If you read the last two entries in the "power series," you've so far learned that both handlers and their dogs bring to the table their own levels of power and self-determination to the table. To be a great handler, you can use your observation and experience with dogs to either raise or lower your power as needed, depending on what a specific dog needs at any specific time.
Start by just looking at your dog and his body language. A good guideline is that the more active your dogs body language and movement, the more power you can use in your handling. The less active your dogs body language and movement, the lower power you need to use.
Often when I approach a specific dog in class, to show the owner a technique, the dog is just sitting there staring at me. Sometimes it even looks concerned or anxious about my approach. ("Who IS this woman? Is this safe?") At this moment, this dog is showing very low power. So the last thing I'm going to do is march right in, grab the leash, and start directing it around! Instead I will do specific things to lower my own power -- maybe kneel down (make myself smaller), smile and talk nicely, invite the dog in to my space, not do any commands or cues at all, offer some "free treats" -- anything to make the dog feel more confident and secure.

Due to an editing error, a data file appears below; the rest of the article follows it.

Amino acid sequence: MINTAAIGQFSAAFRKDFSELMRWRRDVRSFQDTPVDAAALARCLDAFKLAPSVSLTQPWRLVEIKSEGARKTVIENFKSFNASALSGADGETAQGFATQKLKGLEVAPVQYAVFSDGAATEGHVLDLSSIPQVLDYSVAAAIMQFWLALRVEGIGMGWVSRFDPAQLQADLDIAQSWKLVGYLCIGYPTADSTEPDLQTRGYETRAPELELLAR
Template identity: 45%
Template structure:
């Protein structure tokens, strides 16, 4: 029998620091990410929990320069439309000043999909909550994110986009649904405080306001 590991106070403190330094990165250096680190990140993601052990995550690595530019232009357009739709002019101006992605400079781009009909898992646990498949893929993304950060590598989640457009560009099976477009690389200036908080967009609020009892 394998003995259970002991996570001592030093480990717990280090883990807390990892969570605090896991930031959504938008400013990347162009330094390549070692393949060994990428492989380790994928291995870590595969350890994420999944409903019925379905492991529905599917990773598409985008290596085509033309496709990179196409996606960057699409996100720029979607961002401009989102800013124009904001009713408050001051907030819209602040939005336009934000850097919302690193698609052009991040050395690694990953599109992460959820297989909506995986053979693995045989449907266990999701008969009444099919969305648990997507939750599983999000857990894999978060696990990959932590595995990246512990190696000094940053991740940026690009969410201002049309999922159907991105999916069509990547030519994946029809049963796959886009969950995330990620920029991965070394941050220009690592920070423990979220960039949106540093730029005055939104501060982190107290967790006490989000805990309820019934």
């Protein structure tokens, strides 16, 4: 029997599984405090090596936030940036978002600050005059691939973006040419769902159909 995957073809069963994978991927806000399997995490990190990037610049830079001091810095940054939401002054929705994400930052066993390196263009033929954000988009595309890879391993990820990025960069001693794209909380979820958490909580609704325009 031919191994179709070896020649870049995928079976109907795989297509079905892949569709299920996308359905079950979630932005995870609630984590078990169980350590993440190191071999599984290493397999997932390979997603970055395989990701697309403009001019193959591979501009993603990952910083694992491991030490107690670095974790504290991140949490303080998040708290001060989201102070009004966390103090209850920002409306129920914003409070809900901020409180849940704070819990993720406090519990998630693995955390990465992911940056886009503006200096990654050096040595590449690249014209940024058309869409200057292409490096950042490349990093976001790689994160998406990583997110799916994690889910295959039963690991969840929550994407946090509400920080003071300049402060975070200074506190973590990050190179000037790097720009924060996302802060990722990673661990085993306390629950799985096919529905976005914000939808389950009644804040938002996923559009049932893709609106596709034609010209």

The next dog I approach might strain to the end of its leash, wagging excitedly, then try to jump on me. This is a totally different dog! With this dog, I'm going to stand up straight and tall, and if I give any commands, it will be simple one-word ones delivered in a friendly but expectant tone. No touching or petting the dog! Even my praise will be more measured and careful. If this dog is to earn treats, I want to see him really working for them.
You can see by these two examples of how I might alter my own personal power and how the dog will see it, in order to get what I want from the dogs. For the first dog, the "straight and tall and commanding" appearance would probably make it shut down (unable to respond to any commands) or it might even be afraid of me. But for the second dog, sweet-talking and handing out cookies for no reason would likely make him respect me even less.
Because of the vast difference between dogs individual personalities, it is important that you don't use a single cookie-cutter type approach when training different dogs. And if you get the advice or read in a book to "toughen up" on your dog (or, alternately, to go slower) make sure that that's what the dog actually needs first!